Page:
Bombardier CRJ550 Bombardier
The CRJ is a twin-engine regional aircraft program with more than 1,800 jets delivered to date. The latest model is the 50-seat CRJ550 aircraft, with United Airlines as the launch customer.

Bombardier Discussing CRJ Program Sale to Mitsubishi

Jet builder confirms talks with rival concerning successful regional aircraft series, for which it has been “exploring strategic options”

Bombardier Inc. confirmed in a note to its stakeholders that it is discussing the future of its CRJ aircraft program with Mitsubishi Heavy Industries, a discussion that is likely to lead to a sale, according to financial and market speculation. Bombardier earlier stated it would explore strategic options for the CRJ series, a twin-engine regional aircraft series.

"We will no further comment on the nature of the discussions," the Montreal-based OEM added.

"Before any agreement can be reached further review and analysis by Bombardier management and approval by Bombardier's board of directors are required, and Mitsubishi Heavy Industries Ltd. must complete its due diligence review and own analysis and approval process, which are outside of Bombardier's control. There can be no assurance that any such discussions will ultimately lead to an agreement," the statement continued.

The CRJ (Canadair Regional Jet) series consists of six aircraft models for 50 to 104 passengers. Bombardier introduced the latest model earlier this year, the 50-seat CRJ550 aircraft, with United Airlines as the launch customer.

With over 1,800 CRJ aircraft delivered to numerous airlines, Bombardier has described it as "the most successful family of regional jets."

Mitsubishi is the majority shareholder for Mitsubishi Aircraft — a joint venture with Toyota Motor Corp. and Subaru Corp. that is developing the Mitsubishi Regional Jet, a 90-seat, twin-engine aircraft that Mitsubishi HI will manufacture.

Last fall, Bombardier sued Mitsubishi Aircraft Corp., a U.S. aircraft engineering and consulting business, and some former Bombardier employees, claiming the rival jet builder profited from trade secrets unlawfully passed by the former employees to Mitsubishi.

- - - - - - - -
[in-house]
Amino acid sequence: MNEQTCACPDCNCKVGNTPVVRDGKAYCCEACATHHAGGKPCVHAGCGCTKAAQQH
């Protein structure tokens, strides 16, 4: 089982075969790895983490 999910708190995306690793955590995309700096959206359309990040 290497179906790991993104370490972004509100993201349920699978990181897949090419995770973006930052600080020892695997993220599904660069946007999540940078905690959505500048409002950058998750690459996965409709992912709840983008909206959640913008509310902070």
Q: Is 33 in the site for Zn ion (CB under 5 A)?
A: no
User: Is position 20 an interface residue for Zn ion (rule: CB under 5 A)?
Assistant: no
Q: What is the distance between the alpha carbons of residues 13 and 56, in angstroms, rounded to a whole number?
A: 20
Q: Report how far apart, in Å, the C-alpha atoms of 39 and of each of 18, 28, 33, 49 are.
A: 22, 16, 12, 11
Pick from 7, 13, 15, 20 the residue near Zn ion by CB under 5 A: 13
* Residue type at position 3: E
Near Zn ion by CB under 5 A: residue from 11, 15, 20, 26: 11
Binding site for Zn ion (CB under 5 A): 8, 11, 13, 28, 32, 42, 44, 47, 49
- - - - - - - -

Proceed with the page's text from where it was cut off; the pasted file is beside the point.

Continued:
Mitsubishi Heavy Industries countersued.

Bombardier’s suit contended that its employees were recruited by Mitsubishi or AeroTEC to provide insight gained from the Bombardier C Series twin-engine jet program. Further, Bombardier contended that the employees provided confidential documents and data concerning the certification of C Series in the U.S. and Canada.

The C Series is now known as the Airbus A200 family of twin-engine narrow-body aircraft. It was developed and introduced by Bombardier, which then sold a majority stake in the program to Airbus. Airbus shares production and marketing for the A200 family.

Bombardier also confirmed it closed the sale of its Q Series aircraft program assets to De Havilland Aircraft of Canada Ltd. for approximately $300 million. These are smaller, twin-turboprop regional aircraft.

Mitsubishi has not commented on the discussions with Bombardier but in late May it announced that it has “several announcements (concerning the MRJ) planned” at the biannual Paris Air Show, which begins on June 16. “Our company has evolved, the market has changed, and customers are demanding more,” the company stated on May 29. “Mitsubishi Aircraft Corporation is ready to not only redefine this global market, but to also capture it.”

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